It can be really boring to talk about our family name since it’s really historical and out of date. I used to hate our annual family tradition of visiting the royal tomb of King Kim Su-ro and his wife Heo Hwang-ok (the Indian princess who came to marry the king).
But as I grew up, I started to realise the beauty of this ancient kingdom. I especially love the art pieces they made since they are so colourful yet minimal. This coexisting duality can be found in many pieces such as their golden crowns, celadons and equestrian equipment. This charm still inspires me in my collections.
You’ve said that it’s important to represent oneself and one of your collections was called “ME”. What about yourself did you want to show through that collection? And since that collection, how have strands of yourself been established within the brand as house codes?
When I started the “ME” collections, I was trying to figure out who I was and what I really wanted to do in this industry. So if you check the three collections called “ME” it shows my character very clearly with four essential dynamics of my aesthetics. It helped me to build my own code to create a poetic yet simple, feminine and strong collection.
Your brand has a contemporary line, experimental pieces and evening wear as well as hanbok. How do you approach each of those lines? What’s the common thread if there is one, and how do you twist and differentiate each from the other?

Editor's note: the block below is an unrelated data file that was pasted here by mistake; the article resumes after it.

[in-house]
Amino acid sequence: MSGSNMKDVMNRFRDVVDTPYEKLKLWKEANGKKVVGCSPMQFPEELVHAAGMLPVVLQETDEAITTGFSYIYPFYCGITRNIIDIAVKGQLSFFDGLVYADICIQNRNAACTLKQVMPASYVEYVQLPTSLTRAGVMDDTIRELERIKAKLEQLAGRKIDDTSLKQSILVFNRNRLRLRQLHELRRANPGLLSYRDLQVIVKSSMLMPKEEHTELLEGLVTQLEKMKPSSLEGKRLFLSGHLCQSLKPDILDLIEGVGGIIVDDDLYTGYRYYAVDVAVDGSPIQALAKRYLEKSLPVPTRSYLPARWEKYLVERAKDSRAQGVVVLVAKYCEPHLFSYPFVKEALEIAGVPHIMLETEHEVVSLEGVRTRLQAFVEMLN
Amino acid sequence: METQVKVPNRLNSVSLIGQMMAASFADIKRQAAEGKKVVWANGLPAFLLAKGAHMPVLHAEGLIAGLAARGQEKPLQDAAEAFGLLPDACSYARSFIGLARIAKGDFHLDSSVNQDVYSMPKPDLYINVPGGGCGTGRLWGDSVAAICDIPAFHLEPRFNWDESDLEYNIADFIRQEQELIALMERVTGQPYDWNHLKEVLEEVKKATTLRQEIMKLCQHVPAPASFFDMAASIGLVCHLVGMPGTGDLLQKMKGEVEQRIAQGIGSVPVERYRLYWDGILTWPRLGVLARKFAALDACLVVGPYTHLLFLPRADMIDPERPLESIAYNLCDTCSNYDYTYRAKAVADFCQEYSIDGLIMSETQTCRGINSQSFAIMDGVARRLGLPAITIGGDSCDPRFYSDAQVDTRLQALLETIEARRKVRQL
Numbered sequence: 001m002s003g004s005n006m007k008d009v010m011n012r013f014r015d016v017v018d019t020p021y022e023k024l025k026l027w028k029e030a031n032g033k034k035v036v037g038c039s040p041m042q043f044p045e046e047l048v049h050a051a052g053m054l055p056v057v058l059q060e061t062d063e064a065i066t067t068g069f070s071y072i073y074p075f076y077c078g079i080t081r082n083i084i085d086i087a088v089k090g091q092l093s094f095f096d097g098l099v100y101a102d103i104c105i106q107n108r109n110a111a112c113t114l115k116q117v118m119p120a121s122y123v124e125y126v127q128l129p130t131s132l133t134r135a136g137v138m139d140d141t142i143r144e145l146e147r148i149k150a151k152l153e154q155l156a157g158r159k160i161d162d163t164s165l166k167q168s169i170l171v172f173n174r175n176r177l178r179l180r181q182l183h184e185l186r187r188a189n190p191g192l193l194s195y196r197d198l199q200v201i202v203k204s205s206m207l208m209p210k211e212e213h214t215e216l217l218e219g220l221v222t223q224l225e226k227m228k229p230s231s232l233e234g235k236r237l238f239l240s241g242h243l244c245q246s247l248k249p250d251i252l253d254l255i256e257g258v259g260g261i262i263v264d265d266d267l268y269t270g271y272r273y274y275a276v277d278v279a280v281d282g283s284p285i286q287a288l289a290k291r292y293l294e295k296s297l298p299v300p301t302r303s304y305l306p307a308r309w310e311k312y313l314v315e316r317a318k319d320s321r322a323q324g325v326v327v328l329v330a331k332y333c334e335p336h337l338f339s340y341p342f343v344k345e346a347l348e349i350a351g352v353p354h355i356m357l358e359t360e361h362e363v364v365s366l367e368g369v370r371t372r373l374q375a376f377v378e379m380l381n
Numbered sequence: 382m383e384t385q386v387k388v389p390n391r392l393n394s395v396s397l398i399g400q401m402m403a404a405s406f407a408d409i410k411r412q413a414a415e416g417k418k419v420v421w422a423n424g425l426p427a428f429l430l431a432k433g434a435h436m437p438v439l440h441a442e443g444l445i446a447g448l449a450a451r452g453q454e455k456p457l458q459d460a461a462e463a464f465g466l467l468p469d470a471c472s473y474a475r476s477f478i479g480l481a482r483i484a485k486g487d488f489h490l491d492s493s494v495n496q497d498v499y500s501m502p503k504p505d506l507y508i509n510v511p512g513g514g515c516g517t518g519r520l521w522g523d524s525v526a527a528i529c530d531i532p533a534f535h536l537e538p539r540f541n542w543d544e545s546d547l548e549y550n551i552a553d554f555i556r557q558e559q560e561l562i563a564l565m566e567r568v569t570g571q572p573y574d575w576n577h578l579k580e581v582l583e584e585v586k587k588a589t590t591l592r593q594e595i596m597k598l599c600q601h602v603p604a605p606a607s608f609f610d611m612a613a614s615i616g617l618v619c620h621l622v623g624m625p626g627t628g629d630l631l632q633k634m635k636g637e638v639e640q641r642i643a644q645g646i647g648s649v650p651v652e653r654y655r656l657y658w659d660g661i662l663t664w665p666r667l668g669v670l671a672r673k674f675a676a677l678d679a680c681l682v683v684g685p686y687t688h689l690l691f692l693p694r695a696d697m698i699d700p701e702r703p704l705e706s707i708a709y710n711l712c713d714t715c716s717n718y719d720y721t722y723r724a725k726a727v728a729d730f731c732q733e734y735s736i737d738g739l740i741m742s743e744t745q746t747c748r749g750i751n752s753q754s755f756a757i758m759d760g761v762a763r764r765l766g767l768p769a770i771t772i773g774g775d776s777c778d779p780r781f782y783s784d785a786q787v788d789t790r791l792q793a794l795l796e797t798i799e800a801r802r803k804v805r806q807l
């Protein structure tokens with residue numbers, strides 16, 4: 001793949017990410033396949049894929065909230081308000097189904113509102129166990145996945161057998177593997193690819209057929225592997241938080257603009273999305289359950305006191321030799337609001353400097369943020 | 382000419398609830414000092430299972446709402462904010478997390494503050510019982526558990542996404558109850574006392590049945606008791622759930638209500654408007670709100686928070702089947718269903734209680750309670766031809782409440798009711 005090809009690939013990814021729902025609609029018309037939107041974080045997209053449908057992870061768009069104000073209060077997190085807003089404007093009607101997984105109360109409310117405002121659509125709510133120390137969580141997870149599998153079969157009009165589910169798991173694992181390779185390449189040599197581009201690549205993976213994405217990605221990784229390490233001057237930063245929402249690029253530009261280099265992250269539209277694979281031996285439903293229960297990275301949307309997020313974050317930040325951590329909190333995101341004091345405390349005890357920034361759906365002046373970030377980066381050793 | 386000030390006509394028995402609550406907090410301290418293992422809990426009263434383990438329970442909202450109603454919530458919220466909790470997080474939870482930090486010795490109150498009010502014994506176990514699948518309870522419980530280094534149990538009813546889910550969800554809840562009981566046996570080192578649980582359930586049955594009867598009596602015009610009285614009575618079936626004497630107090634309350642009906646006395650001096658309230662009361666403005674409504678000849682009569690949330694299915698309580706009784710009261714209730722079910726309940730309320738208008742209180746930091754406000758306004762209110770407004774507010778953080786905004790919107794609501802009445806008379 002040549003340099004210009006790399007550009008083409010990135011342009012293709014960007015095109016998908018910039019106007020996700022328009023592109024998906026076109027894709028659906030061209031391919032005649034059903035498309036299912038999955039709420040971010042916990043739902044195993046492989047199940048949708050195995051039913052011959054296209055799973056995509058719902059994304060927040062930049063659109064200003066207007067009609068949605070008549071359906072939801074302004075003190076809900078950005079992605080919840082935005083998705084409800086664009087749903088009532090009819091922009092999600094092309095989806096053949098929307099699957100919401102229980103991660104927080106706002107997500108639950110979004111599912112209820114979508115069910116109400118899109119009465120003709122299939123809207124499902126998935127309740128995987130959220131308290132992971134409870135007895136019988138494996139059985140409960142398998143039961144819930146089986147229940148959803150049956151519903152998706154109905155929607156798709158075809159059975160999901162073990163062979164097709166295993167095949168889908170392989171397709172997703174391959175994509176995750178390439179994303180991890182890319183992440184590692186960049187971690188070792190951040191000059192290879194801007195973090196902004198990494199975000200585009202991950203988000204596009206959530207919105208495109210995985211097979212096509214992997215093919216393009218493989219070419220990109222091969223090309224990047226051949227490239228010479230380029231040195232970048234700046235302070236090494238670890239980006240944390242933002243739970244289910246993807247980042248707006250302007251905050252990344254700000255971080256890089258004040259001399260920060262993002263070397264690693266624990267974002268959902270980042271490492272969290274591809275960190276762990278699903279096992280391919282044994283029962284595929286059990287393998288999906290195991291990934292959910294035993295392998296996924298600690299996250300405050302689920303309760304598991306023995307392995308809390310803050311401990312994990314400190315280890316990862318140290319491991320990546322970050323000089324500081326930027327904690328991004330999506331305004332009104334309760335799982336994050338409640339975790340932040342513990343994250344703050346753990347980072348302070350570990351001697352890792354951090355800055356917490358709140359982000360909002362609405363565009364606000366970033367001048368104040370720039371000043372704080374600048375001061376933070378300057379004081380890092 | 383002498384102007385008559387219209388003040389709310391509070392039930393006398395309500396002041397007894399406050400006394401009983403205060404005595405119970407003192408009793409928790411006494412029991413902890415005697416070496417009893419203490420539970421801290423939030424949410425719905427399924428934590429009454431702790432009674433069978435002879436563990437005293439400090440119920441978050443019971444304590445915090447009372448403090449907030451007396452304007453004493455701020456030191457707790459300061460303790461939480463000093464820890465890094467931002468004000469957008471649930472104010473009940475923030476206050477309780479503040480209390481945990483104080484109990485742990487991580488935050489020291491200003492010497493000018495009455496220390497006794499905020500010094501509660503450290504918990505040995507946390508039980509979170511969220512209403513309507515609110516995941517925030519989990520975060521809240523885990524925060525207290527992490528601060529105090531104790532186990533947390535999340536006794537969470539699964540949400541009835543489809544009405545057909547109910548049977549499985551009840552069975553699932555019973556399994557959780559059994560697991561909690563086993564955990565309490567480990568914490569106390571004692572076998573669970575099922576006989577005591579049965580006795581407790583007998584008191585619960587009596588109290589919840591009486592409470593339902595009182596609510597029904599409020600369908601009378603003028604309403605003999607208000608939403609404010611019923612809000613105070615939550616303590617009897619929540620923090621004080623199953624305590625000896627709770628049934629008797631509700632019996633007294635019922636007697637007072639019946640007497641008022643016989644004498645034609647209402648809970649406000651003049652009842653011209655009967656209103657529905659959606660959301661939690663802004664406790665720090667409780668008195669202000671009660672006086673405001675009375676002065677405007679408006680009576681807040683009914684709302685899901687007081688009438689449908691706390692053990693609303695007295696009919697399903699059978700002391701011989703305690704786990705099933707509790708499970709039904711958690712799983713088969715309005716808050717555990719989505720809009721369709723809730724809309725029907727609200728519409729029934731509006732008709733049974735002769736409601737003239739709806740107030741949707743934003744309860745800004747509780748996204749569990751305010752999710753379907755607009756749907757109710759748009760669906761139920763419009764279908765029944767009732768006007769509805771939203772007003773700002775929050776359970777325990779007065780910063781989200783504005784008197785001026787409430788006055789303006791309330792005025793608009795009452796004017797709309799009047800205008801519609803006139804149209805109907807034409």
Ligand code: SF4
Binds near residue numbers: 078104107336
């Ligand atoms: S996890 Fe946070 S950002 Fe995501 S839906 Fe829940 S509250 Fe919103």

Since I’ve started my Obsession series, I have a very clear theme for each season. For example, this season the theme was hair and I had a lot of fun braiding hair to create the dress.
I also enjoyed interpreting this idea by mixing it with our signature pieces like classic tailoring with playful details or wearable casual pieces like logo T-shirts and denim items. And of course, I bring some ideas from hanbok, Korean traditional clothing. It’s like playing a game for me when I develop the collection that way.
Your collections often have a storytelling element, be it the vitamin drip or a selfie stick or in the case of your most recent Obsession collection, couturiers dressing the models. How do you choose what stories you want to tell and what messages you want to deliver?
I choose my stories each season depending on my mood when creating the collection. As you know, I want to encourage everyone who loves themselves and wants to express themselves on social media even if they are often viewed as attention-seeking.
And this season, I wanted to show the process of creating the collection because the process itself is so enjoyable and valuable to share. And this entire process wouldn’t have been possible without the Kimhēkim crew, so I wanted to dedicate it for us to cherish.
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You have a unique perspective with both Korean and Parisian fashion training. How do those sides differ from one another and how are they similar in terms of how you see the world and of course, how you approach design?
I never felt a huge difference between them. Both have excellent craftsmanship in traditional pieces that require elaborate manual work. Irrespective of where they are from, craftsmen in general who enjoy the work process itself really inspire me and motivate me to continue the collections.
What about fashion do you hope to redefine through your work and collections?
I have a clear definition of what fashion is in my mind – decorative arts. In this category, I can be anything I want to be.
Who is the Kimhēkim woman? What are her qualities and characteristics, and what about her do the clothes want to highlight?
Kimhēkim women are those who dream. They are those who live dreaming of the “what if ” scenarios: “What if I go here” or “What if I meet this person”… I want Kimhēkim to stimulate their imagination and help them to make it a reality.